Experts coined the term "sick building syndrome" to describe acute symptoms that occur only during time spent in a particular building and that cannot be explained by any specific illness or cause.
Symptoms include headache, dry cough, dry or itchy skin, dizziness, nausea, difficulty concentrating, fatigue, sensitivity to odours, and irritation of the eyes, nose, or throat. Typically the symptoms improve after you leave the building.
Poor ventilation that restricts fresh air flow inside can be a cause of sick building syndrome. Carpet, adhesives, upholstery, manufactured wood, pesticides, and cleaning fluids can give off volatile organic compounds (VOCs), including formaldehyde. High concentrations of VOCs can cause cancer. Unvented gas and kerosene space heaters, woodstoves, fireplaces, and gas stoves can produce carbon monoxide and nitrogen dioxide. These gases can harm your health.
Also, chemicals that get into a building from the outside can cause sick building syndrome. Pollutants from cars and trucks and exhaust from plumbing vents and building machinery can enter a building through vents.
Bacteria and moulds can breed in stagnant water that builds up in humidifiers, drain pans, and ducts, or where water collects on carpet, ceiling tiles, and insulation. Humidifier fever is an illness caused by toxins from microorganisms that grow not only in large heating and cooling systems in buildings but also in home systems and humidifiers. Legionella pneumophila is an indoor bacterium that can cause Legionnaires' disease.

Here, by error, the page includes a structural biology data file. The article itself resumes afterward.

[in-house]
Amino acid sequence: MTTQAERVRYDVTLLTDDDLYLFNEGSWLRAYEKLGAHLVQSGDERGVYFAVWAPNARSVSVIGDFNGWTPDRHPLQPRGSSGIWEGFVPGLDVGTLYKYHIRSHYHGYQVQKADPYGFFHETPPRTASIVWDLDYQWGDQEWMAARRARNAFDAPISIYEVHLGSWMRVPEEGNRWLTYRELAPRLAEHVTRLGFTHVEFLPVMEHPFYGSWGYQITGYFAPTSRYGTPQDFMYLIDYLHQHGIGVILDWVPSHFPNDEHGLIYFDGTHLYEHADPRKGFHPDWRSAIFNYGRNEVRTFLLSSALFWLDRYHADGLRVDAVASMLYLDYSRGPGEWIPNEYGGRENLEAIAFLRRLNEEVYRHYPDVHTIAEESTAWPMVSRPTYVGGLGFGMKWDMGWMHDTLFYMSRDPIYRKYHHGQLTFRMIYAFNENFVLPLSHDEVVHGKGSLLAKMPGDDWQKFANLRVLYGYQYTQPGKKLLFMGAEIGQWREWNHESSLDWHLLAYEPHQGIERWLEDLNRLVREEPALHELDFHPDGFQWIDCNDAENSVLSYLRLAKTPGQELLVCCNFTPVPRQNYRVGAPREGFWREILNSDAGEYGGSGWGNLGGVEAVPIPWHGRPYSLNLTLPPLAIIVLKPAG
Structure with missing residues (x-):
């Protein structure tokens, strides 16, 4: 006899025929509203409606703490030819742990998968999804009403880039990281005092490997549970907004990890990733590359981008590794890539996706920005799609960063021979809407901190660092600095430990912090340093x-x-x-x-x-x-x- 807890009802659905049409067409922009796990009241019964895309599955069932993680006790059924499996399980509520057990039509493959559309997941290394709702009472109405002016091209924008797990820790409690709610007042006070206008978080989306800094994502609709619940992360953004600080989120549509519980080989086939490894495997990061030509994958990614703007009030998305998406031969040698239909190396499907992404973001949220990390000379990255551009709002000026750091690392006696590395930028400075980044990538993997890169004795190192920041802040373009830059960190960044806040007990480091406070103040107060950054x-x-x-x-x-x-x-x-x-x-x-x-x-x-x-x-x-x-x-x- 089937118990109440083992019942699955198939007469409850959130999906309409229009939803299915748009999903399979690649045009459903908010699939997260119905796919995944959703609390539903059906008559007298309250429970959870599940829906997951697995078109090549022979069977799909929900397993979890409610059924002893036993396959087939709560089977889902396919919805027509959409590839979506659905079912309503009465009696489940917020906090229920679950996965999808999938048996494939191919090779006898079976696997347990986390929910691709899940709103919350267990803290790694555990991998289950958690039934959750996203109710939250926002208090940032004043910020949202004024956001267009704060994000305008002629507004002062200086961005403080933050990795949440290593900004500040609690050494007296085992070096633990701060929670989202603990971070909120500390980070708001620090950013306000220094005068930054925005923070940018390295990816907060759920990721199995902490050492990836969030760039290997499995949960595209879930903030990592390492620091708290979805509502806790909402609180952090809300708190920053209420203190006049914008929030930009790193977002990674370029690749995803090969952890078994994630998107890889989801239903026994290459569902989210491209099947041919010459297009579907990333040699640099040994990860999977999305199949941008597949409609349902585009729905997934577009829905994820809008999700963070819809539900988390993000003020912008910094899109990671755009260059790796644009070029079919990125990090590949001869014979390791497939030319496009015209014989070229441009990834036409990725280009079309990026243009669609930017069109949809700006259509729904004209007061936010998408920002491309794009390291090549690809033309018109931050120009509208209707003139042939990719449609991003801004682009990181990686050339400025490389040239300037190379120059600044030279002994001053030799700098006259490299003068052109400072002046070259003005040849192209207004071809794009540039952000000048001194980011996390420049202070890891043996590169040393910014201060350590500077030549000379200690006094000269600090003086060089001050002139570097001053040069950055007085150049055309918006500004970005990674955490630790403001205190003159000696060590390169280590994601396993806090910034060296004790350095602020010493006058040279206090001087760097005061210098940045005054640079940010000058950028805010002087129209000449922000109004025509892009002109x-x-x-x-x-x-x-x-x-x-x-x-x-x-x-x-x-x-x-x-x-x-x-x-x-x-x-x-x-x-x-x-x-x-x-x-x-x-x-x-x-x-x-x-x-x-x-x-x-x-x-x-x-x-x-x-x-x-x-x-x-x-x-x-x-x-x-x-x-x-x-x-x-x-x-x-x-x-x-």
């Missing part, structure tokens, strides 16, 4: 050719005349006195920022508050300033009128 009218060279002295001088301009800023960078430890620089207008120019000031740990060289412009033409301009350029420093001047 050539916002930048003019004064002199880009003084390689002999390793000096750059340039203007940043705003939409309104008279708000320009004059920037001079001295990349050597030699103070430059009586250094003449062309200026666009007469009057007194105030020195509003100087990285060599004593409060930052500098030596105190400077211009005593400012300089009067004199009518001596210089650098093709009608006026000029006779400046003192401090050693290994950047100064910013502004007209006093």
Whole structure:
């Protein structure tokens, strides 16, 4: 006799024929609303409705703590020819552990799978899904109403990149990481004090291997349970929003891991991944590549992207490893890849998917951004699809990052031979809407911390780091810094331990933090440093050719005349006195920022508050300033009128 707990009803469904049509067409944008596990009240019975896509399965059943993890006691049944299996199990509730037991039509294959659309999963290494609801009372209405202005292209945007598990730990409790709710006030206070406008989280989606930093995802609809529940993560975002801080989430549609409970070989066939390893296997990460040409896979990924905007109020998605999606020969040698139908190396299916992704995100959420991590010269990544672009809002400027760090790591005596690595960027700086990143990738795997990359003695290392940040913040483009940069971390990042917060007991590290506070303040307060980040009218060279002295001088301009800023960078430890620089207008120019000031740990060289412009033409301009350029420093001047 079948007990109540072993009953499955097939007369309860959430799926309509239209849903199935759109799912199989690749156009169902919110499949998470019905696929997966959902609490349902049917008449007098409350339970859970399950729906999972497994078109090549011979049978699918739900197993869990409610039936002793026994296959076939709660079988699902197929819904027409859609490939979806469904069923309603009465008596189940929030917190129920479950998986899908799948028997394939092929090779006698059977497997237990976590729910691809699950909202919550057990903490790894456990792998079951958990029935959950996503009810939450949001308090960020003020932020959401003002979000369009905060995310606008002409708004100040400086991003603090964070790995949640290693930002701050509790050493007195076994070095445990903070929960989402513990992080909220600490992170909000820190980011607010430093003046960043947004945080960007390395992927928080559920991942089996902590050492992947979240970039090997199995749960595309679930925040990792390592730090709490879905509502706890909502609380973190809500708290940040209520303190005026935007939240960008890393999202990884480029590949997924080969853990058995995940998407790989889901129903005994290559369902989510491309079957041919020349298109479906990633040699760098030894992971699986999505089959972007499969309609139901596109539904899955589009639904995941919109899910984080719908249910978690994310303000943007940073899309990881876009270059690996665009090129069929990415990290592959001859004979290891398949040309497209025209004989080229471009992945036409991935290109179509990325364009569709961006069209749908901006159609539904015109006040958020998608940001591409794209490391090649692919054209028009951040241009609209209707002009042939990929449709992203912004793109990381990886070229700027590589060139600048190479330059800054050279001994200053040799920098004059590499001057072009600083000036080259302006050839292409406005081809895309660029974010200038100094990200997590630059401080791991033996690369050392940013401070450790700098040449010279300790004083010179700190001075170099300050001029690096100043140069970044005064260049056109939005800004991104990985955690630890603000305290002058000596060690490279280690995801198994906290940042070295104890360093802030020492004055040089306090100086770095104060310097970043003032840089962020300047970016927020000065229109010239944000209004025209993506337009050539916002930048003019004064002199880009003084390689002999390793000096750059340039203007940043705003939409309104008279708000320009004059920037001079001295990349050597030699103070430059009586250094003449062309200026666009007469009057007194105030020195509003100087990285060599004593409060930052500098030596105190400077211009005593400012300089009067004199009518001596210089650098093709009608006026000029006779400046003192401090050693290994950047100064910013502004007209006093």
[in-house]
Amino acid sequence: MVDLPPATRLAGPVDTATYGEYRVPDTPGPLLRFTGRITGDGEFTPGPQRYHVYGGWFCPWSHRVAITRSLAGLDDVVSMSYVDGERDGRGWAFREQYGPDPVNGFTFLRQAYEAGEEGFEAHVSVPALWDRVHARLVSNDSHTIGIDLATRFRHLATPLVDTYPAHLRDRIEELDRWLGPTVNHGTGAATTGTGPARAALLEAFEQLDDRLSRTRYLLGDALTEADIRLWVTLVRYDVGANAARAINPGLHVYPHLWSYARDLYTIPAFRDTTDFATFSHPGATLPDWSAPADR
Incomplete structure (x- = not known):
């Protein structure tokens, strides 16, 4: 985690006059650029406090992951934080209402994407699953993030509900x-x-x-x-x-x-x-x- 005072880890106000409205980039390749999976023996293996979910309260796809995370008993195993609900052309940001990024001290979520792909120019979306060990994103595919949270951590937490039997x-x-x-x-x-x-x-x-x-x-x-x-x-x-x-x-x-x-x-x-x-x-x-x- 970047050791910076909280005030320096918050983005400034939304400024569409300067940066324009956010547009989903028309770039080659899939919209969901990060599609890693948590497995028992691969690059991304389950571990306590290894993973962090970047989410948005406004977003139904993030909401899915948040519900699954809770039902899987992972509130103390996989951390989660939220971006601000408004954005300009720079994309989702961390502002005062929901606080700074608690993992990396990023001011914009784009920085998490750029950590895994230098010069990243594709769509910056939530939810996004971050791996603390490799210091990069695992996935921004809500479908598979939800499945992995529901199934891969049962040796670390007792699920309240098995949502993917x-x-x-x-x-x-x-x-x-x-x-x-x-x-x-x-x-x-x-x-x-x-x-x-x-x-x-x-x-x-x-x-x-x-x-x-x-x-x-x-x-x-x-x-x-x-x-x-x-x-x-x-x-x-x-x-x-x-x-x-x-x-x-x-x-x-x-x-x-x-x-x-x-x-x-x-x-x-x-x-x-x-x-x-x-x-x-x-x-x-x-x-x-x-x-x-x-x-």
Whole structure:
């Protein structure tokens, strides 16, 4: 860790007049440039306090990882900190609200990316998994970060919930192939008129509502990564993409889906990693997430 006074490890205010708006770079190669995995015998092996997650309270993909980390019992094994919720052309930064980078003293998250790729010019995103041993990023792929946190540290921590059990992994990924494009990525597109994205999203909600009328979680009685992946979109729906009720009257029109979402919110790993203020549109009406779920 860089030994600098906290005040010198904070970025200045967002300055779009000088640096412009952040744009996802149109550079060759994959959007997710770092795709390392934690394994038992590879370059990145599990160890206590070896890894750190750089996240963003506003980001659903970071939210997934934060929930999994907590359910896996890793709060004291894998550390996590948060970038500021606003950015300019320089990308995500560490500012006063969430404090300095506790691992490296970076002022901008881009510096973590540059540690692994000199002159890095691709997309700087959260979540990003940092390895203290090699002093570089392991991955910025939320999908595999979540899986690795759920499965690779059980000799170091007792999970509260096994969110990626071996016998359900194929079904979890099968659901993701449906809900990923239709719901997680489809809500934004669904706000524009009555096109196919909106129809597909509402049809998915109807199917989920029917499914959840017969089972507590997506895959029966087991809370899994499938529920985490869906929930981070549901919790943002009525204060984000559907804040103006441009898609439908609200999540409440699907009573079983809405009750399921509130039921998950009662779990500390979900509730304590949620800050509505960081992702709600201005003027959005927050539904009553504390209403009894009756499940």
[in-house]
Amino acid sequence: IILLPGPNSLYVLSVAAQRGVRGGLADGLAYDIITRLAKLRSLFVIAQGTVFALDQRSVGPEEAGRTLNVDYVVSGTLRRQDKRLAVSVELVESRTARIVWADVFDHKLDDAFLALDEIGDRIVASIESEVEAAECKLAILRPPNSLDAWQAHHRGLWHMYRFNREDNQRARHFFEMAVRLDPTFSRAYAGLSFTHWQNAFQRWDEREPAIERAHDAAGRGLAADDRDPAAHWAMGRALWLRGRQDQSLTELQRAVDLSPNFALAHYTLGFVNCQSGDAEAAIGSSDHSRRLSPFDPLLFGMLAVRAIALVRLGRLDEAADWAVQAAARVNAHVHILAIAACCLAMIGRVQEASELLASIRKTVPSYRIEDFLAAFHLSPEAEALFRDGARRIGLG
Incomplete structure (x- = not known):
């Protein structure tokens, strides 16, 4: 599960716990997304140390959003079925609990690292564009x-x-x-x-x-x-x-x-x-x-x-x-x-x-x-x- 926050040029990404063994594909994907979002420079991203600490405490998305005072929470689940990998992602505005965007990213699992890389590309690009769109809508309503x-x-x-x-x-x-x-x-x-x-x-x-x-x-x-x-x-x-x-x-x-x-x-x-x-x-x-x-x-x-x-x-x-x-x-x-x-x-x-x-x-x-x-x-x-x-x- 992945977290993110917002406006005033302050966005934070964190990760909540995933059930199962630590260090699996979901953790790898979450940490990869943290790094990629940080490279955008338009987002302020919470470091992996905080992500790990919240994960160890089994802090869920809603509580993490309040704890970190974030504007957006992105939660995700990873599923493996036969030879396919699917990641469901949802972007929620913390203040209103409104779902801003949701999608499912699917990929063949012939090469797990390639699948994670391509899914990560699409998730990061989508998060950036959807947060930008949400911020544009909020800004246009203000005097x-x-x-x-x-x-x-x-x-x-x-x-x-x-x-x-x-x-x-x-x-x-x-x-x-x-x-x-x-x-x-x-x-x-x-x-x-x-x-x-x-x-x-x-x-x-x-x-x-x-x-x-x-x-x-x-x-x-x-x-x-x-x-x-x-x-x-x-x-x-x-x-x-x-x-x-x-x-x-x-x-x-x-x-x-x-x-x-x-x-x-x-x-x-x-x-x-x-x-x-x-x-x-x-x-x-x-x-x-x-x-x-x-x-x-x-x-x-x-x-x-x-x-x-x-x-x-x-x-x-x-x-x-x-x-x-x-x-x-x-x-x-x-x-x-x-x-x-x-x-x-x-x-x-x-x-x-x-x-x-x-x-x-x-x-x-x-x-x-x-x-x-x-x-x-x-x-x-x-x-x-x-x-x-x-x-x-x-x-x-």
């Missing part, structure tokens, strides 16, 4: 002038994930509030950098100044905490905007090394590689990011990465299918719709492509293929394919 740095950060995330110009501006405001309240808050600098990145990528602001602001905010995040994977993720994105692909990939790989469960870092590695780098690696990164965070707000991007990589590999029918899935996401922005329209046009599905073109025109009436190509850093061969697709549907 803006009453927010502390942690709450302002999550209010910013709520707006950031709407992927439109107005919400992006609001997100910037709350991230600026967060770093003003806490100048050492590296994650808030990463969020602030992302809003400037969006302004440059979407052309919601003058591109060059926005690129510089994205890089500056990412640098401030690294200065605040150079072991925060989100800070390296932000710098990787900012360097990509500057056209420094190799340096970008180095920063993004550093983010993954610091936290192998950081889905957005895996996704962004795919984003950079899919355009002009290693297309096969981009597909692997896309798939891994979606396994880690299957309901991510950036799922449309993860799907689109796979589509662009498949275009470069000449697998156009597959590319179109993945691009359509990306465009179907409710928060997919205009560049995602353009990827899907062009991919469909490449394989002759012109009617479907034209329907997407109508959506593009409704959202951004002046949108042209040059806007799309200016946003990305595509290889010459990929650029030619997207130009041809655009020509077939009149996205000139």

Some viruses can survive on household surfaces, such as counters or floors, or they can get spread through the air when an infected person sneezes or coughs.
Pet dander, pollen, dust mites, moulds, and rat and mouse urine are allergens that can cause asthma attacks, allergic rhinitis, and other lung problems. Symptoms of illness caused by biological contaminants include sneezing, watery eyes, shortness of breath, lethargy, dizziness, and digestive problems.
Exposure early in life to indoor allergens such as moulds may increase the risk of allergies or asthma.footnote 3 When modern building materials get wet, they provide an ideal place for the growth of moulds. Allergies to moulds can also make asthma attacks worse or cause other breathing problems.
Asbestos is an insulating material commonly used from the 1950s to 1970s for soundproofing and to cover floors, ceilings, water pipes, and heating ducts. When this material becomes crumbly or frayed, asbestos fibres can be released into the air. Breathing asbestos fibres may cause lung cancer, asbestosis (scarring of the lung tissue), or mesothelioma.
You can use the following tips to help avoid health problems that are caused by allergens in your home.
This can help reduce allergens. There are many ways to control dust and dust mites in your home, such as washing bedding in hot water to kill dust mites and eliminating furnishings, such as drapes, that collect dust.
Ideas include dusting and vacuuming often and regularly cleaning areas where your pet sleeps, such as pet beds or cages.